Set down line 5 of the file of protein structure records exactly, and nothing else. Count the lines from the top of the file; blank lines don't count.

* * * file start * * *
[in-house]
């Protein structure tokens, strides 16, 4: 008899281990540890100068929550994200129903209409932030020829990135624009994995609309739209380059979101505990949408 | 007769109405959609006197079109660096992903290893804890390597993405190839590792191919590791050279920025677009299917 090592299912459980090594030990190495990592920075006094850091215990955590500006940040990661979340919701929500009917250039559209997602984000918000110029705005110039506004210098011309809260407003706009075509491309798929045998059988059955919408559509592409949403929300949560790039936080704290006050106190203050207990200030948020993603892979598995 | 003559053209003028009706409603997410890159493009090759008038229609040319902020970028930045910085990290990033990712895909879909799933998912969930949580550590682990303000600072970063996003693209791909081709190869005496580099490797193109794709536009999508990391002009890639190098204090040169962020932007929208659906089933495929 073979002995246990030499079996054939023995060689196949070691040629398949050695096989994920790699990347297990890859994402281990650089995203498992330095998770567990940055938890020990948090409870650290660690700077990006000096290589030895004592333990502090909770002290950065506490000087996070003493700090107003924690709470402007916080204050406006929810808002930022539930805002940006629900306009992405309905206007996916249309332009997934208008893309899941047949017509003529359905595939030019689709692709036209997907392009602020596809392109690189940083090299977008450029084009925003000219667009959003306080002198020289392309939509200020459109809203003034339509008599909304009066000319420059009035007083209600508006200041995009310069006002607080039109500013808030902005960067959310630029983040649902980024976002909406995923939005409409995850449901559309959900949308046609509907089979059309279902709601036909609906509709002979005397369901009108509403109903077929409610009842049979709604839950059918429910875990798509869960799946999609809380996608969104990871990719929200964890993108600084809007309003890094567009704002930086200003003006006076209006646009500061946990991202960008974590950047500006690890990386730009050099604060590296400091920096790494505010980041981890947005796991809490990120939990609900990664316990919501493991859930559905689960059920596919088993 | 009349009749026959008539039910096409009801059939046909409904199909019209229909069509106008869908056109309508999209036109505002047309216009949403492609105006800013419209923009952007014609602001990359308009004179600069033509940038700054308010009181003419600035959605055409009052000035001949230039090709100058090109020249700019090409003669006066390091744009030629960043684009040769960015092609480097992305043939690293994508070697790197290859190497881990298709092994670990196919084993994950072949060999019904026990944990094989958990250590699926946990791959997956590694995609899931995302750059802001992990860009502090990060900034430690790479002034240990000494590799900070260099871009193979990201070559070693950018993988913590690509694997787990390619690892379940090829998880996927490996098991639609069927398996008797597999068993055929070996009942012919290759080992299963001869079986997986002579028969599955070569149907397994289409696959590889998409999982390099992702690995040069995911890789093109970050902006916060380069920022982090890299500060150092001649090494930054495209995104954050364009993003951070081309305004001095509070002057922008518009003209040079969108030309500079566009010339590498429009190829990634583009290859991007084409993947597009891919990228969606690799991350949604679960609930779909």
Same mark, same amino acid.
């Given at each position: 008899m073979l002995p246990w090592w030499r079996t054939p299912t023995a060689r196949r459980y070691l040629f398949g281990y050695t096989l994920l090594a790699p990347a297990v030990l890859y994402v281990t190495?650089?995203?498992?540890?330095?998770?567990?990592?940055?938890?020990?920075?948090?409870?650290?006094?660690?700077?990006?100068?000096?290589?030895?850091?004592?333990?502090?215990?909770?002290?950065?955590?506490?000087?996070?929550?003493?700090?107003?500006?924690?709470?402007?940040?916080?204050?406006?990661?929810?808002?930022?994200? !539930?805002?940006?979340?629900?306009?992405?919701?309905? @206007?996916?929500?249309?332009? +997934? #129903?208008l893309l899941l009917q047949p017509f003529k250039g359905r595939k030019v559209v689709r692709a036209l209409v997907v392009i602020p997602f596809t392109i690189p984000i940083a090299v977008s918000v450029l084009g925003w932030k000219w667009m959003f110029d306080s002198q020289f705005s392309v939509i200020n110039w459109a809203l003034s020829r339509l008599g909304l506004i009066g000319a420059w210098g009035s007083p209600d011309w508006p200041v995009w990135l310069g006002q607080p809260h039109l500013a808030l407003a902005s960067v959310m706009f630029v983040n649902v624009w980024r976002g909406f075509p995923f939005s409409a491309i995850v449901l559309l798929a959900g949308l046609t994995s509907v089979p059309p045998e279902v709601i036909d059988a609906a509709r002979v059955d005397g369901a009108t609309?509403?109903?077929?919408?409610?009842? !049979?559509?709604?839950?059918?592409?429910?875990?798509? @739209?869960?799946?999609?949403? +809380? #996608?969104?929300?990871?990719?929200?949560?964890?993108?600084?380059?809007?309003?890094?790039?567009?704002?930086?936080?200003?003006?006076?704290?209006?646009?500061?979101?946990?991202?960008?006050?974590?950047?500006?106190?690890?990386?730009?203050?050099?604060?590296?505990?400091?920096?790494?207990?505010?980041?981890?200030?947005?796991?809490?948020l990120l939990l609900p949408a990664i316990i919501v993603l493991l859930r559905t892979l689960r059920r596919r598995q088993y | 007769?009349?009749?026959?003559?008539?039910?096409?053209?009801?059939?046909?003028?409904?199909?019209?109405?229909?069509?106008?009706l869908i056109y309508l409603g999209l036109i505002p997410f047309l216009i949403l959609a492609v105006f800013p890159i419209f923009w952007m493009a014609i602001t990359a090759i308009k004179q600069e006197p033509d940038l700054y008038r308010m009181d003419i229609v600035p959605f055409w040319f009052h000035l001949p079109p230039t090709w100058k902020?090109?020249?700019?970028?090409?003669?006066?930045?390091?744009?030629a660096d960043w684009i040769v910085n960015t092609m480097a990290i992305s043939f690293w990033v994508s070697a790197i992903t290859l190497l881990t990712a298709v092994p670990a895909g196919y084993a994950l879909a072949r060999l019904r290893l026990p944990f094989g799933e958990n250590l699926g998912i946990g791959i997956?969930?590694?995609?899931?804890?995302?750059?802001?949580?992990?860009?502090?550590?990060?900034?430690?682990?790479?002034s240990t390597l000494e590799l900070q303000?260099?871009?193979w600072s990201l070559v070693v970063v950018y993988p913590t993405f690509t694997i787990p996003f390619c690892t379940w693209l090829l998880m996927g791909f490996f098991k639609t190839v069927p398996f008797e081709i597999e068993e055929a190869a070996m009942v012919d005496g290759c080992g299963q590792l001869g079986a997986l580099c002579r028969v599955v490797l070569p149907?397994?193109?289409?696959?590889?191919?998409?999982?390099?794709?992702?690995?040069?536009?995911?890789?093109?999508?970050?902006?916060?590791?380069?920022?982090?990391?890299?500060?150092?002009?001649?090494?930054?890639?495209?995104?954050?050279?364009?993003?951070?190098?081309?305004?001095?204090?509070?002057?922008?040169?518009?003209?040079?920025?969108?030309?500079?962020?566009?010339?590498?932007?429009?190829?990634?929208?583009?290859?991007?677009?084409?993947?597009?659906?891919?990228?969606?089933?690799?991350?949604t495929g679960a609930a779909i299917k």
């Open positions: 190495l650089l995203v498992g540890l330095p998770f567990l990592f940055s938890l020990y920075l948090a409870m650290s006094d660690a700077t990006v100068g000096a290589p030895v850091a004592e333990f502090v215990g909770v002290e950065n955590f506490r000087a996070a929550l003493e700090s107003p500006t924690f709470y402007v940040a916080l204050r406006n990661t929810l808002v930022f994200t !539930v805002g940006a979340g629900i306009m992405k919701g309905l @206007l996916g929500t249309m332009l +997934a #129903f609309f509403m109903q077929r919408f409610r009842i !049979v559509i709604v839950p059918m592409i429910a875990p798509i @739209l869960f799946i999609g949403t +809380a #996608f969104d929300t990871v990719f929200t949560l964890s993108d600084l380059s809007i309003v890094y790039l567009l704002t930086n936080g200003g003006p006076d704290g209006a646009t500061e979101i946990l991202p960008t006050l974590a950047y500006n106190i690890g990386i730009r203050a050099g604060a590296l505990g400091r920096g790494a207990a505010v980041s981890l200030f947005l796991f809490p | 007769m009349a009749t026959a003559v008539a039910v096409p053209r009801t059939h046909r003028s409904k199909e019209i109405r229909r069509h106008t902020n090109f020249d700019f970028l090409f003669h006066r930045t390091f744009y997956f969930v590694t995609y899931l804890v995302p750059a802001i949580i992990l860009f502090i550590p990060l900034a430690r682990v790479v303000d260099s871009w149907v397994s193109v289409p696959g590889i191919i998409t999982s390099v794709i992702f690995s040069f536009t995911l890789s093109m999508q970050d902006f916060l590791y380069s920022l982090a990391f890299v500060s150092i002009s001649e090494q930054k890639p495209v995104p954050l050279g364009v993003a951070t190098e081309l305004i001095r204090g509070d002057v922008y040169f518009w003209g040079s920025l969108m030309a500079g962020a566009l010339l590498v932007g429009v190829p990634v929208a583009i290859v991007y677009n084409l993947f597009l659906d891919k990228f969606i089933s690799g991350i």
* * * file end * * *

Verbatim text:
């Open positions: 190495l650089l995203v498992g540890l330095p998770f567990l990592f940055s938890l020990y920075l948090a409870m650290s006094d660690a700077t990006v100068g000096a290589p030895v850091a004592e333990f502090v215990g909770v002290e950065n955590f506490r000087a996070a929550l003493e700090s107003p500006t924690f709470y402007v940040a916080l204050r406006n990661t929810l808002v930022f994200t !539930v805002g940006a979340g629900i306009m992405k919701g309905l @206007l996916g929500t249309m332009l +997934a #129903f609309f509403m109903q077929r919408f409610r009842i !049979v559509i709604v839950p059918m592409i429910a875990p798509i @739209l869960f799946i999609g949403t +809380a #996608f969104d929300t990871v990719f929200t949560l964890s993108d600084l380059s809007i309003v890094y790039l567009l704002t930086n936080g200003g003006p006076d704290g209006a646009t500061e979101i946990l991202p960008t006050l974590a950047y500006n106190i690890g990386i730009r203050a050099g604060a590296l505990g400091r920096g790494a207990a505010v980041s981890l200030f947005l796991f809490p | 007769m009349a009749t026959a003559v008539a039910v096409p053209r009801t059939h046909r003028s409904k199909e019209i109405r229909r069509h106008t902020n090109f020249d700019f970028l090409f003669h006066r930045t390091f744009y997956f969930v590694t995609y899931l804890v995302p750059a802001i949580i992990l860009f502090i550590p990060l900034a430690r682990v790479v303000d260099s871009w149907v397994s193109v289409p696959g590889i191919i998409t999982s390099v794709i992702f690995s040069f536009t995911l890789s093109m999508q970050d902006f916060l590791y380069s920022l982090a990391f890299v500060s150092i002009s001649e090494q930054k890639p495209v995104p954050l050279g364009v993003a951070t190098e081309l305004i001095r204090g509070d002057v922008y040169f518009w003209g040079s920025l969108m030309a500079g962020a566009l010339l590498v932007g429009v190829p990634v929208a583009i290859v991007y677009n084409l993947f597009l659906d891919k990228f969606i089933s690799g991350i």